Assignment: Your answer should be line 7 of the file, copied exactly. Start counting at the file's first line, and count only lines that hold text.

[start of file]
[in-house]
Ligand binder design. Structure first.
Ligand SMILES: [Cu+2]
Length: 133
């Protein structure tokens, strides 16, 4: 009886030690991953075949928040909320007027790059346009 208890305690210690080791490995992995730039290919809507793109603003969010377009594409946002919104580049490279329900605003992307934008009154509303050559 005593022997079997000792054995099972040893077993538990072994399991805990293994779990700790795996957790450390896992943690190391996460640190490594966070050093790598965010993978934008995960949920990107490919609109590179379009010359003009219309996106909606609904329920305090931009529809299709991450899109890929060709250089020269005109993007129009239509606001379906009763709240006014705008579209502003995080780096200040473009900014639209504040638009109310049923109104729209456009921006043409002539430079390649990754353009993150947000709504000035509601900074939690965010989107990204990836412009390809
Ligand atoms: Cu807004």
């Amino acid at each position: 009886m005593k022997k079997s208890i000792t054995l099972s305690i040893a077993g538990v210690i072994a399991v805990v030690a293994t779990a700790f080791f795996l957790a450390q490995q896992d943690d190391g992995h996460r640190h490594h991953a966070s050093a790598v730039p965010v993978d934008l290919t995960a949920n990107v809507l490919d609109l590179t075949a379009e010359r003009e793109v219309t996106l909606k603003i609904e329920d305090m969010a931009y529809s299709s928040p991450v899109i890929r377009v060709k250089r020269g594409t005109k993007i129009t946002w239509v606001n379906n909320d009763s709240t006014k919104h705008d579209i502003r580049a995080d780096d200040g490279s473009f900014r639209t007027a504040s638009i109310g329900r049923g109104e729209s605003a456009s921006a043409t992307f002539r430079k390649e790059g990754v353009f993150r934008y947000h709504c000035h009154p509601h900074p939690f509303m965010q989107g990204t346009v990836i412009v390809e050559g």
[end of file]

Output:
């Amino acid at each position: 009886m005593k022997k079997s208890i000792t054995l099972s305690i040893a077993g538990v210690i072994a399991v805990v030690a293994t779990a700790f080791f795996l957790a450390q490995q896992d943690d190391g992995h996460r640190h490594h991953a966070s050093a790598v730039p965010v993978d934008l290919t995960a949920n990107v809507l490919d609109l590179t075949a379009e010359r003009e793109v219309t996106l909606k603003i609904e329920d305090m969010a931009y529809s299709s928040p991450v899109i890929r377009v060709k250089r020269g594409t005109k993007i129009t946002w239509v606001n379906n909320d009763s709240t006014k919104h705008d579209i502003r580049a995080d780096d200040g490279s473009f900014r639209t007027a504040s638009i109310g329900r049923g109104e729209s605003a456009s921006a043409t992307f002539r430079k390649e790059g990754v353009f993150r934008y947000h709504c000035h009154p509601h900074p939690f509303m965010q989107g990204t346009v990836i412009v390809e050559g």